Two international aid agencies are stepping up to improve First Nations education in northwestern Ontario by helping create an Aboriginal trade school in Thunder Bay.

Currently 70 per cent of First Nations students on reserve don’t complete high school. Chiefs and educators hope the option of a trades-oriented education will give them the motivation they need to get a diploma.

"That will be another lifeline for our young people," Nishnawbe Aski Nation Deputy Grand Chief Goyce Kakegamic said.  "

[Students will say] ‘there is hope, I can work as a brick layer or work in the mining sector'."

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Richard Morris, the education advisor for the Independent First Nations Alliance and Bob Simpson of HopeLink International at a November meeting to discuss the aid agency's involvement in building an Aboriginal Trade School. (Jody Porter/CBC)

But federal funding for First Nations education has been capped for years, so Kakegamic brought together a planning group of about 30 people last week to discuss a different way of financing a trade school.

"You see [the federal ministry of] Aboriginal Affairs isn’t here," Kakegamic said at the Nov. 16 meeting. "We need to think outside the box."

‘Shameful’ state of things

The group includes representatives from mining companies, a bank, Confederation College, Wasaya Airways, the provincial government, the municipal association, as well as the aid agencies.

"It’s shameful, the state of things," said Norm Grey-Noble, the president of Schools for Children of the World (SCW), Canada.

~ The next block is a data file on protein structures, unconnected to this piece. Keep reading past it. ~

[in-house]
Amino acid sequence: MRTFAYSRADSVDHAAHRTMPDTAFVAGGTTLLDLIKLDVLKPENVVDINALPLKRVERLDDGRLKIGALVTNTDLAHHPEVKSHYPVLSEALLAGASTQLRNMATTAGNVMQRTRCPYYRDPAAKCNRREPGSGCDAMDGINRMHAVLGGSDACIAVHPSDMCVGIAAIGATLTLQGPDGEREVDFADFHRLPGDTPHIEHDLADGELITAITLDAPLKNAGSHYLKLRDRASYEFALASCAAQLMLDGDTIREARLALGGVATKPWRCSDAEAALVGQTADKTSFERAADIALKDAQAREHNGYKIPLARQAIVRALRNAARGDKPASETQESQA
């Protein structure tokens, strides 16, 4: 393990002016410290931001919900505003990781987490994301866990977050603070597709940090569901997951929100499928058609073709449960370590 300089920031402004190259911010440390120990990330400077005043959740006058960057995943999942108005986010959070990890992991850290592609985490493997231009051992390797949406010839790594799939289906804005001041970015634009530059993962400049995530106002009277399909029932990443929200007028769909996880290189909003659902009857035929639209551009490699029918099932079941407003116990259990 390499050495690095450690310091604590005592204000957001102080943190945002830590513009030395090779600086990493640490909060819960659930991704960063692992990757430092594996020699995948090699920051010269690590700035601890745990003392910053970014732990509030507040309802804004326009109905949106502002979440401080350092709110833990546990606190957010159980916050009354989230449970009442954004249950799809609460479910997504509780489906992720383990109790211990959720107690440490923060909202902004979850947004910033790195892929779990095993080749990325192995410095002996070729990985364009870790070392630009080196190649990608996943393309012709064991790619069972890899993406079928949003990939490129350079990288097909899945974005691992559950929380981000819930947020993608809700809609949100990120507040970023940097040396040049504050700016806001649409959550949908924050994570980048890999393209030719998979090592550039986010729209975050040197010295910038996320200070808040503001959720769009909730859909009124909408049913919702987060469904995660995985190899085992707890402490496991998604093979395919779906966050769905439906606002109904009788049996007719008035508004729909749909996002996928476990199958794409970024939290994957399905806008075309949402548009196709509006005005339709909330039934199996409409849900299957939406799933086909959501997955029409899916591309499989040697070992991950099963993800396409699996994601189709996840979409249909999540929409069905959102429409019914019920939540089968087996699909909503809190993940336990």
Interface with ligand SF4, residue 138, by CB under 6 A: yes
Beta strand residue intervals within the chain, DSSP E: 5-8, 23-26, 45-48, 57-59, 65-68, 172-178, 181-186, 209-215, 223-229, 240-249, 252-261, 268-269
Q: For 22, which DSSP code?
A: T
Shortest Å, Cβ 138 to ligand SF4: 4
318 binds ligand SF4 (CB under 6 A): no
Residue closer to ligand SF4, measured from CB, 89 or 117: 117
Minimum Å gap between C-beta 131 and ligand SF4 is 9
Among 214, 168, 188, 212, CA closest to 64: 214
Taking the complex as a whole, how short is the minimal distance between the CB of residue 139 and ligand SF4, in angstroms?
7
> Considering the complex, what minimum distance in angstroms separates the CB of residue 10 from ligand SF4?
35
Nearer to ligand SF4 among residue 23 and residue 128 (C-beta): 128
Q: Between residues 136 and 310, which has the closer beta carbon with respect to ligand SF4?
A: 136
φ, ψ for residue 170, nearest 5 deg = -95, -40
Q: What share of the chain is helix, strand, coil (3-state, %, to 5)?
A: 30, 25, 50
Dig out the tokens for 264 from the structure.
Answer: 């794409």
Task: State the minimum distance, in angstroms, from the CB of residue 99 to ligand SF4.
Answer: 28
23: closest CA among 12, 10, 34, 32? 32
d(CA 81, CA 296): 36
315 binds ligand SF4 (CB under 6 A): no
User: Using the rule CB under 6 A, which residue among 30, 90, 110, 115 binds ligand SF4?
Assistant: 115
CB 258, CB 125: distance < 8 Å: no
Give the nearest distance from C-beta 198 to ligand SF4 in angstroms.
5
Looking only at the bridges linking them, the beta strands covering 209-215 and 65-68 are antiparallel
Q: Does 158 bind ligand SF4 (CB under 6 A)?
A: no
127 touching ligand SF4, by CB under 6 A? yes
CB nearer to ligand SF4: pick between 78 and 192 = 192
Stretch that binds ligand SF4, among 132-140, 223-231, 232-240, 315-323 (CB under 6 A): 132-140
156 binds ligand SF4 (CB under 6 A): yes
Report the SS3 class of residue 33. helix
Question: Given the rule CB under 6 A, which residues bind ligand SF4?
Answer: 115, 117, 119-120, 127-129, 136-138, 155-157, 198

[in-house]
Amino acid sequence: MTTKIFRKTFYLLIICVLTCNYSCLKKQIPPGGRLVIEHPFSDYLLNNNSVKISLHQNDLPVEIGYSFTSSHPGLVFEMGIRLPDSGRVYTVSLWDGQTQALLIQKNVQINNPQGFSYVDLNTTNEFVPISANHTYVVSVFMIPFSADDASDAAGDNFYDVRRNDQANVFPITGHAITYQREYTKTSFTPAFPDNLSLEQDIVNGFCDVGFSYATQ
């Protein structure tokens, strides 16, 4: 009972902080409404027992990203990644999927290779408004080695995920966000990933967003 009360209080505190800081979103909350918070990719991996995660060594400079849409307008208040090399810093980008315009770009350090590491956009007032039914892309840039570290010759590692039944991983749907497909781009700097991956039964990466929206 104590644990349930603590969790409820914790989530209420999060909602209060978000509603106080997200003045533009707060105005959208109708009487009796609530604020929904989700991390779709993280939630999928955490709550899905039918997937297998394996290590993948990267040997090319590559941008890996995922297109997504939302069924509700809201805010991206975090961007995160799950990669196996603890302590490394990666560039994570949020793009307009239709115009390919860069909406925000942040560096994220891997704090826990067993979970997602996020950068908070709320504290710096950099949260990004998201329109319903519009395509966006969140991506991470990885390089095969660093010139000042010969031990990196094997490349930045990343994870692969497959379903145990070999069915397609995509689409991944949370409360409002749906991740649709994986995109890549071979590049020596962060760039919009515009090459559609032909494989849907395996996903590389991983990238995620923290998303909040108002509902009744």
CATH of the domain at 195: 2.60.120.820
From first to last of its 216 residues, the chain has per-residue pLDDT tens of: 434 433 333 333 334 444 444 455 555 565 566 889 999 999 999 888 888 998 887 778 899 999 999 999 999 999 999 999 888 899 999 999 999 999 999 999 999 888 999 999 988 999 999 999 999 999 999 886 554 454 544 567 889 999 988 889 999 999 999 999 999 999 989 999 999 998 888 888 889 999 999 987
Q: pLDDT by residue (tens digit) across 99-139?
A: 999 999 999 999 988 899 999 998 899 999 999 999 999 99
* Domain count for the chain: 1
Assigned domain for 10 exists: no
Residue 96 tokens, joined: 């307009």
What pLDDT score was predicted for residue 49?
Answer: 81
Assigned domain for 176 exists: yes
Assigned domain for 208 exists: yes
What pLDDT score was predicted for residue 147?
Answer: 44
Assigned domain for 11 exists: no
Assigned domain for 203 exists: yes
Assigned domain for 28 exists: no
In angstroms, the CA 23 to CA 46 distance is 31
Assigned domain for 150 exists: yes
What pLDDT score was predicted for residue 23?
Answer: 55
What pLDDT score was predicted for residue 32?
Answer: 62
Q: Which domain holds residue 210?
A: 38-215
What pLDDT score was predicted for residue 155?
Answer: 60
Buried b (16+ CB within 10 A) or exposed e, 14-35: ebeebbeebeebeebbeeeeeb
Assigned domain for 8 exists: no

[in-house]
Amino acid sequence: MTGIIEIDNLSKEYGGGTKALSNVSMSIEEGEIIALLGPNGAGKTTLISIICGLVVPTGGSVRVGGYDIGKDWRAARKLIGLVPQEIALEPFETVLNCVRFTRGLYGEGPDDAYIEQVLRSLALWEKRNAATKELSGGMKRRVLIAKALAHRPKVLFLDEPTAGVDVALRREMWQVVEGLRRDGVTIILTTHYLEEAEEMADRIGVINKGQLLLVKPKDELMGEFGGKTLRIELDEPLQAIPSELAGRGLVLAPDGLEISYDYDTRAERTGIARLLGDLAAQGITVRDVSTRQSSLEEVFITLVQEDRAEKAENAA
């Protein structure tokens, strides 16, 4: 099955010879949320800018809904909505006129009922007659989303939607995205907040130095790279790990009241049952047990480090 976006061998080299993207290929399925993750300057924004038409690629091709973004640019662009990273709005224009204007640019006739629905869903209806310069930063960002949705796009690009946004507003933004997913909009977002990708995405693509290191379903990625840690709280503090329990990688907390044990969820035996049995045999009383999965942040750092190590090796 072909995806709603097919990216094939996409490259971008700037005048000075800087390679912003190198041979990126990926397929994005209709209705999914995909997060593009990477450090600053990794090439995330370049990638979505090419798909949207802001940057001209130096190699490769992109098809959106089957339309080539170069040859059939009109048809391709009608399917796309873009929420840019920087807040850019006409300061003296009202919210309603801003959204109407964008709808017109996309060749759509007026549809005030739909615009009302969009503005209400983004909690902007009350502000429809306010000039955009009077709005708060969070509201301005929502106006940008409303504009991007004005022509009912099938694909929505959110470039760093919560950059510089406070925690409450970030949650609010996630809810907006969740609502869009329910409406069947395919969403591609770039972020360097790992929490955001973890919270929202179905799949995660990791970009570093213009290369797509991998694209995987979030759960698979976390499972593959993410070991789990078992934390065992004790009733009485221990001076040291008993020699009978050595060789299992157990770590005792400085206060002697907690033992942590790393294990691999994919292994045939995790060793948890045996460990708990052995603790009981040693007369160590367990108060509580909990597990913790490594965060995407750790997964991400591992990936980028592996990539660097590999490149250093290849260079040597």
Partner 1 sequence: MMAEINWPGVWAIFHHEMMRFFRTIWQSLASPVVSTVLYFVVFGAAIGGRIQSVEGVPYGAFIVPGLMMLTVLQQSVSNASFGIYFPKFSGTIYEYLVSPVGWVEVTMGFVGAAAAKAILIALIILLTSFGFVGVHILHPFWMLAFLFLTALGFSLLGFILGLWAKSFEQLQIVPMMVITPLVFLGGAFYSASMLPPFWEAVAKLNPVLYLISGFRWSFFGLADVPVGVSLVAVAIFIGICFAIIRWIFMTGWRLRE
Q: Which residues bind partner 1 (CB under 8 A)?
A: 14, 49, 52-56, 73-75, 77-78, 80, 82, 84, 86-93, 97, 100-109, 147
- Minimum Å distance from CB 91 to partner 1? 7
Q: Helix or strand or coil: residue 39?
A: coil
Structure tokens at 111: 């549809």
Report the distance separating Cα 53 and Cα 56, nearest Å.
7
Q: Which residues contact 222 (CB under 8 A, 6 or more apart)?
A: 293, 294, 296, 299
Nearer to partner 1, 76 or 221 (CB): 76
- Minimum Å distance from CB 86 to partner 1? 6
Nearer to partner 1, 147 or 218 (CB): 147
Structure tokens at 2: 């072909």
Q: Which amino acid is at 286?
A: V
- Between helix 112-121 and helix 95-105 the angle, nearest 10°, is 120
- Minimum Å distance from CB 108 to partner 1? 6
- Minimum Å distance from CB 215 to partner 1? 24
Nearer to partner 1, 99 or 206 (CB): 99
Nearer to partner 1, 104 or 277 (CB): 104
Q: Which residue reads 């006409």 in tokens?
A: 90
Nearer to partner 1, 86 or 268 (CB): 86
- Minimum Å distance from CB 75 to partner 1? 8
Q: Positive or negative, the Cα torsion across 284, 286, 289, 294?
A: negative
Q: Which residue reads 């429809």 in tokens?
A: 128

The agency has built schools in Honduras and Haiti. Grey-Noble said SCW wants to do more in this country, and have been looking for the appropriate opportunity.

"People in our organization are so much more aware of the incredible need for improving the educational opportunities for First Nations people," he said.

HopeLink International, a non-profit Christian, humanitarian agency is also involved. The group is currently building an Aboriginal training facility at the old Quetico Centre for people who have finished high school.

But president Bob Simpson said he’s also keen to help students finish Grade 12.

Right now the idea is to run the trades school out of Dennis Franklin Cromarty First Nations High School. Those involved say there are lots of details to be worked out, but it’s possible to have it running, on a small scale, by next fall.

'It's gonna happen'

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Ottawa-based philanthropist Dave Smith says raising money for an Aboriginal Trades School in Thunder Bay won't be a problem. (Jody Porter/CBC)

Ottawa-based philanthropist Dave Smith is among the most optimistic about the project.

"Not everyone is going to be a lawyer or a doctor," Smith said. "So, you know, if we had a shop here, several shops here for these young people to see where their talent lies, it would be a blessing, a real blessing," he said.

Smith runs three youth treatment centres and helped save a vocational school in Ottawa. The businessman said finding the money for an Aboriginal Trade School shouldn’t be a problem. Smith’s biography says he has raised more than $150 million for charitable causes.

"Now that they’ve got me triggered, it’s gonna happen," he chuckled.